An immediate denture isn’t a replacement for the patient’s natural teeth but rather a replacement for having no teeth at all. The immediate denture serves as a bandage and is a best guess effort before moving on to a better, more long-term restorative solution. When a replacement set of dentures is fabricated, the permanent dentures will not be an exact duplicate of the immediate denture. This is because the ridges and tissue that support the dentures have healed and changed dramatically, requiring the teeth to be positioned slightly differently. I have worked with patients who liked the look of their immediate dentures so much they were never truly satisfied with any final dentures. Never mind that their immediate dentures no longer fit the ridges correctly. Setting patient expectations before any treatment is performed and reinforcing that conversation at each step is key for a good outcome and a happy immediate denture patient.
How Are Immediate Dentures Made?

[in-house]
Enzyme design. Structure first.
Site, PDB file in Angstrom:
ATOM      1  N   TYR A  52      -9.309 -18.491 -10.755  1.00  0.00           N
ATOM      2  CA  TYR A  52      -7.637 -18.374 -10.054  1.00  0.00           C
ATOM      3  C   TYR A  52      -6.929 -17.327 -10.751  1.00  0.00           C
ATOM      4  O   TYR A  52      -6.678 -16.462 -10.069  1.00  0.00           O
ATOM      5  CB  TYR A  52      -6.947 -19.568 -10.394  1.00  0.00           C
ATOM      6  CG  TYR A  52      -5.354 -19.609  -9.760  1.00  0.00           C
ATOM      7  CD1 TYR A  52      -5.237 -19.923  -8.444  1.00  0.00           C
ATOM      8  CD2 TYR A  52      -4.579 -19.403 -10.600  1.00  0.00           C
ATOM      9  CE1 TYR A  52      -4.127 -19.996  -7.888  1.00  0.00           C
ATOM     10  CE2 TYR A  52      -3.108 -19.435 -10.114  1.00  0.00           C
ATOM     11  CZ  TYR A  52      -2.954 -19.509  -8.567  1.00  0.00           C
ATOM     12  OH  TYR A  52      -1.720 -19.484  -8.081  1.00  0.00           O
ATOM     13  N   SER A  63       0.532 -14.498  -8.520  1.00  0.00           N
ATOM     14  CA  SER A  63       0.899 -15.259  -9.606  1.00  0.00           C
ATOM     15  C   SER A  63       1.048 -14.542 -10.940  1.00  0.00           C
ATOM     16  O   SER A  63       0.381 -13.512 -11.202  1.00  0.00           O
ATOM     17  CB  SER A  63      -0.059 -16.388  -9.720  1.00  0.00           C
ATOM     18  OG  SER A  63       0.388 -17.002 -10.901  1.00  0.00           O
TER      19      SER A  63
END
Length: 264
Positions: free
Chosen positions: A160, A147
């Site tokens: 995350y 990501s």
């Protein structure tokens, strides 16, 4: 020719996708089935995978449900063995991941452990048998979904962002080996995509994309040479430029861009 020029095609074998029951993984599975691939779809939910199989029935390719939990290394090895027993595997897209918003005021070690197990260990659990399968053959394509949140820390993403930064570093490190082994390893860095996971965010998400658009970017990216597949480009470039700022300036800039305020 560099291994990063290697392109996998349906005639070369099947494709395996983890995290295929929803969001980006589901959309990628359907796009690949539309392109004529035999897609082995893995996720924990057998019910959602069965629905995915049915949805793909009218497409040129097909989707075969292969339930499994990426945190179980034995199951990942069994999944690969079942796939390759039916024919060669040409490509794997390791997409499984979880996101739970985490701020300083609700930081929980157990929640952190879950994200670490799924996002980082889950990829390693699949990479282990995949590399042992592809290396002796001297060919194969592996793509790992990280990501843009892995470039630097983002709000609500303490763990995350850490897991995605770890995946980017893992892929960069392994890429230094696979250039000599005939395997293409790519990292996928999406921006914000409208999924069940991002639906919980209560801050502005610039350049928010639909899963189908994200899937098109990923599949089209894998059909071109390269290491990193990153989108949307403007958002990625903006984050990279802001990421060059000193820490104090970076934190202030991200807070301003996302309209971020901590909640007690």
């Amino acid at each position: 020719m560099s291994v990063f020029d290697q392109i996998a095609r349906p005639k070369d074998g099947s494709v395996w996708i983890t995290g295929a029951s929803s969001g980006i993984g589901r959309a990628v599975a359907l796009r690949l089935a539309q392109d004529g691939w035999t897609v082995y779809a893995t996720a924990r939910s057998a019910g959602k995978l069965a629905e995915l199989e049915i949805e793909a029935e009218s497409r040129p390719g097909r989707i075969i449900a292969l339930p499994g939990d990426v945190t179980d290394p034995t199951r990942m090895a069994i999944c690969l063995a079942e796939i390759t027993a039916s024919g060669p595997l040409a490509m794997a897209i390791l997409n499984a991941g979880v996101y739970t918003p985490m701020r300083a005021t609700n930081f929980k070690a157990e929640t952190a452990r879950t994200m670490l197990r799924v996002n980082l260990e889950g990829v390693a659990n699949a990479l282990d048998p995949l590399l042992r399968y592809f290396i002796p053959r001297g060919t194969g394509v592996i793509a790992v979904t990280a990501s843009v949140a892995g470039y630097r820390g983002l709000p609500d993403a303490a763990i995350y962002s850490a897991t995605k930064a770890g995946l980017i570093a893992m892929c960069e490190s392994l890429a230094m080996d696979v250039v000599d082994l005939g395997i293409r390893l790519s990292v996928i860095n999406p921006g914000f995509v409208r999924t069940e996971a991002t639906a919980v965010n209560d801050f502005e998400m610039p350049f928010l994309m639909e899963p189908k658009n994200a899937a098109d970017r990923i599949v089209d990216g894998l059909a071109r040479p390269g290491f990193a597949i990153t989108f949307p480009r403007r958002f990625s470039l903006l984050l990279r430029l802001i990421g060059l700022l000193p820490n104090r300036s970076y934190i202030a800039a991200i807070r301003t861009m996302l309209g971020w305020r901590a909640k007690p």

Over the last five decades, there has been tremendous progress in the treatment and prevention of dental disease as well as new ways to restore or replace teeth that are lost to disease. One thing hasn’t really changed. And that is immediate dentures. Despite the availability of dental centers with modern dental labs on-site that replace your smile within a day, immediate dentures are basically made the same way they were in the 1950’s – until now. Immediate dentures have finally become a part of the digital age. Scanned impressions have allowed denture laboratories to make computer-aided design and computer-aided manufactured (CAD/CAM) 3D printed dentures possible.